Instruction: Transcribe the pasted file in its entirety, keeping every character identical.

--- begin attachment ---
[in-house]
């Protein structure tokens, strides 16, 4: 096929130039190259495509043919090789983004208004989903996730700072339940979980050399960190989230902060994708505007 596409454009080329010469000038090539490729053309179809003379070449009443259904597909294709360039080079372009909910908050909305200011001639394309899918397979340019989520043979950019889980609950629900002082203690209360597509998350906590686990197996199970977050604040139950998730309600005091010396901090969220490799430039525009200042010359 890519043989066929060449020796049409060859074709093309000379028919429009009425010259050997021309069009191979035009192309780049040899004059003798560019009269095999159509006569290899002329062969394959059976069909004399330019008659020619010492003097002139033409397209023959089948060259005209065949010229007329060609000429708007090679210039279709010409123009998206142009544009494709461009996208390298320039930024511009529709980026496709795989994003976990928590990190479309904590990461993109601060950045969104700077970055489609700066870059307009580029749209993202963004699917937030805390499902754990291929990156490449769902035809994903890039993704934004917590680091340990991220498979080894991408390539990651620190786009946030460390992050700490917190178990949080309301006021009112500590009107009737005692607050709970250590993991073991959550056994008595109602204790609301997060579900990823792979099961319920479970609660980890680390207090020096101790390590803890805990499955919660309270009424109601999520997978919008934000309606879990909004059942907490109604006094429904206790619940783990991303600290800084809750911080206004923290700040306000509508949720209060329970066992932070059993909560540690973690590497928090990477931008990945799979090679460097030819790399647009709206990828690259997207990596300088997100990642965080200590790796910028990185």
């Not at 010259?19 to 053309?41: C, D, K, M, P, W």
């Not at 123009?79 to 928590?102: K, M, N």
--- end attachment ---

[in-house]
């Protein structure tokens, strides 16, 4: 096929130039190259495509043919090789983004208004989903996730700072339940979980050399960190989230902060994708505007 596409454009080329010469000038090539490729053309179809003379070449009443259904597909294709360039080079372009909910908050909305200011001639394309899918397979340019989520043979950019889980609950629900002082203690209360597509998350906590686990197996199970977050604040139950998730309600005091010396901090969220490799430039525009200042010359 890519043989066929060449020796049409060859074709093309000379028919429009009425010259050997021309069009191979035009192309780049040899004059003798560019009269095999159509006569290899002329062969394959059976069909004399330019008659020619010492003097002139033409397209023959089948060259005209065949010229007329060609000429708007090679210039279709010409123009998206142009544009494709461009996208390298320039930024511009529709980026496709795989994003976990928590990190479309904590990461993109601060950045969104700077970055489609700066870059307009580029749209993202963004699917937030805390499902754990291929990156490449769902035809994903890039993704934004917590680091340990991220498979080894991408390539990651620190786009946030460390992050700490917190178990949080309301006021009112500590009107009737005692607050709970250590993991073991959550056994008595109602204790609301997060579900990823792979099961319920479970609660980890680390207090020096101790390590803890805990499955919660309270009424109601999520997978919008934000309606879990909004059942907490109604006094429904206790619940783990991303600290800084809750911080206004923290700040306000509508949720209060329970066992932070059993909560540690973690590497928090990477931008990945799979090679460097030819790399647009709206990828690259997207990596300088997100990642965080200590790796910028990185």
């Not at 010259?19 to 053309?41: C, D, K, M, P, W």
């Not at 123009?79 to 928590?102: K, M, N």